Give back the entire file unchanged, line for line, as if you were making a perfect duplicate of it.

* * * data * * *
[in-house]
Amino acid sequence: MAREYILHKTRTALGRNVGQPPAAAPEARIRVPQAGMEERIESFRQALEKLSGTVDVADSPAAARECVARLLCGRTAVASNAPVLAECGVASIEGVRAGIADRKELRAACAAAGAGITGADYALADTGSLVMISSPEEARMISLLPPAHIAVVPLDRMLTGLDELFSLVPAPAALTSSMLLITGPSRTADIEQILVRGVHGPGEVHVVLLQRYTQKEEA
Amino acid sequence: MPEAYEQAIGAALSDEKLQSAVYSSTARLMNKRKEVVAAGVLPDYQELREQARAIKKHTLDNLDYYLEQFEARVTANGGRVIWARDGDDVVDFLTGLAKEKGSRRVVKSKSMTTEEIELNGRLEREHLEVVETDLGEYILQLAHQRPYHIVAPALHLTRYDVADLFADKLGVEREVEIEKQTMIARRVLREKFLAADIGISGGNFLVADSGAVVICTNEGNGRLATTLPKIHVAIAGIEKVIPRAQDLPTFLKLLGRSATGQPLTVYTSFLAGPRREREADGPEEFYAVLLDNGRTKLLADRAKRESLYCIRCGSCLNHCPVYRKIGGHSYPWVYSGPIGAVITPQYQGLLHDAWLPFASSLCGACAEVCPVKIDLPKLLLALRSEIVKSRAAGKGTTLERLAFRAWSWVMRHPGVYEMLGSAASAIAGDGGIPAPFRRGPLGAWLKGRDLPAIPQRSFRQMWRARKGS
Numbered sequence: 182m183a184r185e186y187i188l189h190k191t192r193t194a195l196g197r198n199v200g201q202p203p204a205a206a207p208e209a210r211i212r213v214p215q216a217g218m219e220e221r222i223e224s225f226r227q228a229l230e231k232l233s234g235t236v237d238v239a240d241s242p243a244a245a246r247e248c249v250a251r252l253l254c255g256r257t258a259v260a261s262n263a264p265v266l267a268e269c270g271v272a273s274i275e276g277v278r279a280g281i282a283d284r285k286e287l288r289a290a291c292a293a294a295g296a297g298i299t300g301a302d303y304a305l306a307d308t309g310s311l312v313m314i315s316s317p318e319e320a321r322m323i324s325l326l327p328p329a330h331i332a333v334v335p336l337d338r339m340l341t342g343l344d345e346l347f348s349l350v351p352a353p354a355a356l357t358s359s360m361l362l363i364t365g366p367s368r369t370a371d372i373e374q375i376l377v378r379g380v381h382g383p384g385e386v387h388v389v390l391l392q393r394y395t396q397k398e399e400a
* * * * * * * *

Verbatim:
[in-house]
Amino acid sequence: MAREYILHKTRTALGRNVGQPPAAAPEARIRVPQAGMEERIESFRQALEKLSGTVDVADSPAAARECVARLLCGRTAVASNAPVLAECGVASIEGVRAGIADRKELRAACAAAGAGITGADYALADTGSLVMISSPEEARMISLLPPAHIAVVPLDRMLTGLDELFSLVPAPAALTSSMLLITGPSRTADIEQILVRGVHGPGEVHVVLLQRYTQKEEA
Amino acid sequence: MPEAYEQAIGAALSDEKLQSAVYSSTARLMNKRKEVVAAGVLPDYQELREQARAIKKHTLDNLDYYLEQFEARVTANGGRVIWARDGDDVVDFLTGLAKEKGSRRVVKSKSMTTEEIELNGRLEREHLEVVETDLGEYILQLAHQRPYHIVAPALHLTRYDVADLFADKLGVEREVEIEKQTMIARRVLREKFLAADIGISGGNFLVADSGAVVICTNEGNGRLATTLPKIHVAIAGIEKVIPRAQDLPTFLKLLGRSATGQPLTVYTSFLAGPRREREADGPEEFYAVLLDNGRTKLLADRAKRESLYCIRCGSCLNHCPVYRKIGGHSYPWVYSGPIGAVITPQYQGLLHDAWLPFASSLCGACAEVCPVKIDLPKLLLALRSEIVKSRAAGKGTTLERLAFRAWSWVMRHPGVYEMLGSAASAIAGDGGIPAPFRRGPLGAWLKGRDLPAIPQRSFRQMWRARKGS
Numbered sequence: 182m183a184r185e186y187i188l189h190k191t192r193t194a195l196g197r198n199v200g201q202p203p204a205a206a207p208e209a210r211i212r213v214p215q216a217g218m219e220e221r222i223e224s225f226r227q228a229l230e231k232l233s234g235t236v237d238v239a240d241s242p243a244a245a246r247e248c249v250a251r252l253l254c255g256r257t258a259v260a261s262n263a264p265v266l267a268e269c270g271v272a273s274i275e276g277v278r279a280g281i282a283d284r285k286e287l288r289a290a291c292a293a294a295g296a297g298i299t300g301a302d303y304a305l306a307d308t309g310s311l312v313m314i315s316s317p318e319e320a321r322m323i324s325l326l327p328p329a330h331i332a333v334v335p336l337d338r339m340l341t342g343l344d345e346l347f348s349l350v351p352a353p354a355a356l357t358s359s360m361l362l363i364t365g366p367s368r369t370a371d372i373e374q375i376l377v378r379g380v381h382g383p384g385e386v387h388v389v390l391l392q393r394y395t396q397k398e399e400a